Currently I don’t spend much time creating. When people ask what I do, I struggle to answer – do I say graphic designer? Technically, sure. But I also say business owner, lest anyone think I actually get to sit at my desk and design all day. Our tasks are varied – meeting with an accountant, coffee with a client, keeping up on spreadsheets, invoicing, marketing, social media, website maintenance, corresponding with wholesalers, managing inventory, screen printing, packaging, trips to the post office – and it is all wonderful because these are the parts necessary for our passion. I may spend 20% of my work week actually creating, and 80% of it making that creativity profitable. And you know what? That’s ok. Author Penelope Trunk asserts that “Career decisions are not decisions about ‘what do I love most?’ Career decisions are about what kind of life do I want to set up for myself.” And for Brad and me, this life is sweet and hectic and creative and worthwhile and we are grateful for even that small sliver of time we get to spend doing what we love, even if it means doing lots of things we don’t necessarily love. Passion is a privilege.
Even after a full day of working my “dream job” I find myself with a creative itch. The best thing I’ve been able to do for myself is throw it back to the old days and stay up late, pencil sketching and exploring watercolors. I’ve rediscovered the high school version of myself that pops earbuds in and tunes the world out and gets lost in the joy of creating. I pulled up a recent photo of Amos at the park – one of his first times standing unassisted at just shy of a year old – and preserved the memory with a small pencil portrait. It’s no masterpiece, and I’m certain no one would pay me for pencil sketches of a chubby toddler. But free from the pressures of providing with my craft, I got to enjoy this hobby – alone, late at night, introverting after everyone was fast asleep. Hunched over our wooden dining room table that Brad handmade, of course – in his own moments of alone time and creativity – thankful for our passions and our business and the peace in knowing that they don’t always have to go hand in hand.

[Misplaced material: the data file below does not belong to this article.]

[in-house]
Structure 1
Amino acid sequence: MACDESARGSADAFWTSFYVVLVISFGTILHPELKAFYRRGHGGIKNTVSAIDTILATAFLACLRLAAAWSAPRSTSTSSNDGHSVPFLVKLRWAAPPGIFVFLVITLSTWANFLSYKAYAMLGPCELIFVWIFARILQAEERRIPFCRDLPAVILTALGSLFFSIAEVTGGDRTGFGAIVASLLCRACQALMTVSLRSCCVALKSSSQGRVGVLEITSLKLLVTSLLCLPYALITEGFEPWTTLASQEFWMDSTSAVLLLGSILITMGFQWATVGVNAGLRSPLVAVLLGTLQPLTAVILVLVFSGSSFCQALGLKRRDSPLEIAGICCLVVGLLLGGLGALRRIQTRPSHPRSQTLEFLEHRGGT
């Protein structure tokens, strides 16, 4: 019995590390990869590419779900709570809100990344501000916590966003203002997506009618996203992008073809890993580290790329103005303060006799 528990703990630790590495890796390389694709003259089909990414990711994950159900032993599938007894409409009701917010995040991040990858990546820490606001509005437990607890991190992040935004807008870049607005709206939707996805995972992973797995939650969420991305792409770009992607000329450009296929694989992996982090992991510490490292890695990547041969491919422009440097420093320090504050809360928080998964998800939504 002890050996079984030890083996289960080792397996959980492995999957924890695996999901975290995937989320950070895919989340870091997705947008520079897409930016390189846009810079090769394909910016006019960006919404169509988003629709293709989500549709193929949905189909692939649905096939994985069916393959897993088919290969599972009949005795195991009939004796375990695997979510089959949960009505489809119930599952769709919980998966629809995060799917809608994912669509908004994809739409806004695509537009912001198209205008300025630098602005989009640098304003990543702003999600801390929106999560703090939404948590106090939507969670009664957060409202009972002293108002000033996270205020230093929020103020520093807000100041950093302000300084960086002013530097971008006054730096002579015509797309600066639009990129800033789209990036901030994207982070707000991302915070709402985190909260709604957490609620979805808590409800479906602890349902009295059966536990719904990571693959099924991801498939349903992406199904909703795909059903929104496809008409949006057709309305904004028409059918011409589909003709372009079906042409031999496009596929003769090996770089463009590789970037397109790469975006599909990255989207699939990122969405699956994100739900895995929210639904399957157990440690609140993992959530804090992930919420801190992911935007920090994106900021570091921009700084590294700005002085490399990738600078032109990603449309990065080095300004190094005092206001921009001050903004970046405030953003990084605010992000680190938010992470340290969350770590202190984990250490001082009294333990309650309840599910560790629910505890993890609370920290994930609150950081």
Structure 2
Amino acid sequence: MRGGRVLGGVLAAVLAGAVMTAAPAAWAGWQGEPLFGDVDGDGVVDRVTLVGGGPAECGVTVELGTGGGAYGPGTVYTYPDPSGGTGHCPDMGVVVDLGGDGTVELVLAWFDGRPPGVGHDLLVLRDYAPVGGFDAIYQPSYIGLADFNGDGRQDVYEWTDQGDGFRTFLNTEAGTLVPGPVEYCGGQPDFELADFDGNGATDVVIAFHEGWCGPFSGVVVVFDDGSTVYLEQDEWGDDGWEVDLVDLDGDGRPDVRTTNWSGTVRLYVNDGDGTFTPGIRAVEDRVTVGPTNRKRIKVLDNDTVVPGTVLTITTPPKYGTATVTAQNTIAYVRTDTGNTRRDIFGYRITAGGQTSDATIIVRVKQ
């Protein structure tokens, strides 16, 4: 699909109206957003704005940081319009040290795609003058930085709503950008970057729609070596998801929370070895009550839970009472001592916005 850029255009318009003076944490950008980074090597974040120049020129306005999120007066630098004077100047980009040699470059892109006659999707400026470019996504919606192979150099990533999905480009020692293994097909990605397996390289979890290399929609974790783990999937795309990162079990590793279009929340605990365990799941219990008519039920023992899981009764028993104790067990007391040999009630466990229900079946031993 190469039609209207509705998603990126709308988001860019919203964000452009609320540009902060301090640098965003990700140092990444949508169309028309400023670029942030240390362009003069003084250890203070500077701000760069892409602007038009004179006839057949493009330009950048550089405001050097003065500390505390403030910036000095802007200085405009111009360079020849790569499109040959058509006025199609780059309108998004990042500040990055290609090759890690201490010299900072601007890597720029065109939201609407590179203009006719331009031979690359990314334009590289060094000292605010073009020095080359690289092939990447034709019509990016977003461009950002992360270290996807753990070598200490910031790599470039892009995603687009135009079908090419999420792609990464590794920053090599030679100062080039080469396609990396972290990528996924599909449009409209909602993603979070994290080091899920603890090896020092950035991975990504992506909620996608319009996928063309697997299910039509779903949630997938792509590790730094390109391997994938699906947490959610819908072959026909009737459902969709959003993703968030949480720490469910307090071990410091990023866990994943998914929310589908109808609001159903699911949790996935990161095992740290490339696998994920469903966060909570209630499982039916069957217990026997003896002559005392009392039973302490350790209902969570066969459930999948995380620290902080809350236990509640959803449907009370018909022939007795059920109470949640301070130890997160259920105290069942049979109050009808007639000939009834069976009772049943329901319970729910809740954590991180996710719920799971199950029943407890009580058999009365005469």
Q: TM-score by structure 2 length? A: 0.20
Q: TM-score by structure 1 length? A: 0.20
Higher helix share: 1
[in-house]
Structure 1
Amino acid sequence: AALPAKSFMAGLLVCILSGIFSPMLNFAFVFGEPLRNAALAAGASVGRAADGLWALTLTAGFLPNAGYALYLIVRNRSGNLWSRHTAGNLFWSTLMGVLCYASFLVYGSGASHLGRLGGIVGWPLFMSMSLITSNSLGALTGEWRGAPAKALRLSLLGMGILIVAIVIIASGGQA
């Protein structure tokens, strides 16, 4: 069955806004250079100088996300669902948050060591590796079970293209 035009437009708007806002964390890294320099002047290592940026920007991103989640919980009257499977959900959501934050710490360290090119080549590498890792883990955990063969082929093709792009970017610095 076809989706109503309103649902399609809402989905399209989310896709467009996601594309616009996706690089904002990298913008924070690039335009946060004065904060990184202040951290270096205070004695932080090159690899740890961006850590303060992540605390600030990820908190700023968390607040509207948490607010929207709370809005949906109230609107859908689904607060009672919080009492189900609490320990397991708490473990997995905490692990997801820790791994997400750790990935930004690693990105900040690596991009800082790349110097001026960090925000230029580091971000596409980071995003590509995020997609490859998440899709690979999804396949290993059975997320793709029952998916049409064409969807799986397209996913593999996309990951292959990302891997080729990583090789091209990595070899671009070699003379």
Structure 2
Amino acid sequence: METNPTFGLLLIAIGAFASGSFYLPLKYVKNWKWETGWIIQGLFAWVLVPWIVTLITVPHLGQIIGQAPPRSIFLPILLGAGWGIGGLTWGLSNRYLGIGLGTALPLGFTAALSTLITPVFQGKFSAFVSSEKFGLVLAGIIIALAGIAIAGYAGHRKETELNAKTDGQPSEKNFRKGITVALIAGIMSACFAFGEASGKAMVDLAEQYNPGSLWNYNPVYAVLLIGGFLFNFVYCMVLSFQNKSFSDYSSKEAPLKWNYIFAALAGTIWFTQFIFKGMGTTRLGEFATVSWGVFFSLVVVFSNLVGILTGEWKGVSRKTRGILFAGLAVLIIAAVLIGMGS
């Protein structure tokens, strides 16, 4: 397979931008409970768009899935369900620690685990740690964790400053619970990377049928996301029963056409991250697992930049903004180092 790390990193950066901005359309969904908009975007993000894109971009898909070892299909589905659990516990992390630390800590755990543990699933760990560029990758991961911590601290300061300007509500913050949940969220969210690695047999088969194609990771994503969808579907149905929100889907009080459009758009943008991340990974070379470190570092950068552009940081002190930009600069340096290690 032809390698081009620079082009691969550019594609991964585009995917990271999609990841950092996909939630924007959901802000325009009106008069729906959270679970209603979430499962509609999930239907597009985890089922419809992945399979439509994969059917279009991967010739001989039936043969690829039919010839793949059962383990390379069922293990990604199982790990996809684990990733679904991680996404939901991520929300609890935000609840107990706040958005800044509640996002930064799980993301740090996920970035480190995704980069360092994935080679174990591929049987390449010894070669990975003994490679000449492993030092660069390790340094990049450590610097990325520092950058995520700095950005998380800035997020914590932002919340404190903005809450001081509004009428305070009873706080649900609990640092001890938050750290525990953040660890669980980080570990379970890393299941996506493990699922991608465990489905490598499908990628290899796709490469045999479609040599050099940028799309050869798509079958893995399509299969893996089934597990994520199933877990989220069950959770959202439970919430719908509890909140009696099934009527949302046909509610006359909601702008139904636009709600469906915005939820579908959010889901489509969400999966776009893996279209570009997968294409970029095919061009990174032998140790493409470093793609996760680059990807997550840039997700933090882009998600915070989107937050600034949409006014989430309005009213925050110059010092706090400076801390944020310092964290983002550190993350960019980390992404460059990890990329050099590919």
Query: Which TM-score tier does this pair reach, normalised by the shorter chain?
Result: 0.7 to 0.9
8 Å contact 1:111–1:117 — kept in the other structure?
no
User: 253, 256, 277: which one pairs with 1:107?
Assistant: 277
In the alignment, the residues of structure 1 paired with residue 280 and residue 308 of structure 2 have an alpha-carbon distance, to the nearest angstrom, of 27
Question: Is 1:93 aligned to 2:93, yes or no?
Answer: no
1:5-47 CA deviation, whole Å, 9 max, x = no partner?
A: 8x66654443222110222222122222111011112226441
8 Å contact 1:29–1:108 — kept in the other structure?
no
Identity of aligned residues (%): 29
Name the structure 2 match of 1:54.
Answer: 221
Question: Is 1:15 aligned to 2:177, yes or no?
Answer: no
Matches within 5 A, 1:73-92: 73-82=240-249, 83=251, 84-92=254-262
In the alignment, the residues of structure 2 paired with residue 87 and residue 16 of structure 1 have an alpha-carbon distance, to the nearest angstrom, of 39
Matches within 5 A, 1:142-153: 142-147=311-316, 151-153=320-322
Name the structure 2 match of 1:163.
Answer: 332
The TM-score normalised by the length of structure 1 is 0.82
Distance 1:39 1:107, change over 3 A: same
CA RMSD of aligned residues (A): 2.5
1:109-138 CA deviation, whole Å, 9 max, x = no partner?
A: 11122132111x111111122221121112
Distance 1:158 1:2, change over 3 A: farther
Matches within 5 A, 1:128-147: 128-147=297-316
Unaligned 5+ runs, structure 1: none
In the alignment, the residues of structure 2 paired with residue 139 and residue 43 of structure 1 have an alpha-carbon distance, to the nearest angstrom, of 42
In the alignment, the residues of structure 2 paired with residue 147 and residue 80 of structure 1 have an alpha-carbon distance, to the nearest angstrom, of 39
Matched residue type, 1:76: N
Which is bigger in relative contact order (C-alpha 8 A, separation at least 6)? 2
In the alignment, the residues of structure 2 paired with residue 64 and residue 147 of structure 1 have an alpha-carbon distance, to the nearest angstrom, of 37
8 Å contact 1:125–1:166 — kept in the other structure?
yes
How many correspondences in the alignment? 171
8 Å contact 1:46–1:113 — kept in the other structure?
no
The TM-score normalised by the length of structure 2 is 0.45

As for your career path? Do what you love – sure! Or do something else, don’t overthink it, and just be intentional about carving out a little time for what you truly love. Because as far as I can tell, real peace resides in finding your own delicate balance of love, hard work, passion, and the privilege of pursuing it – to whatever degree you’re able to in this season of life.
I’m so curious – do you do what you love? Try and love what you do anyway? Are you living the dream, or dreaming of something else? Let us know in the comments!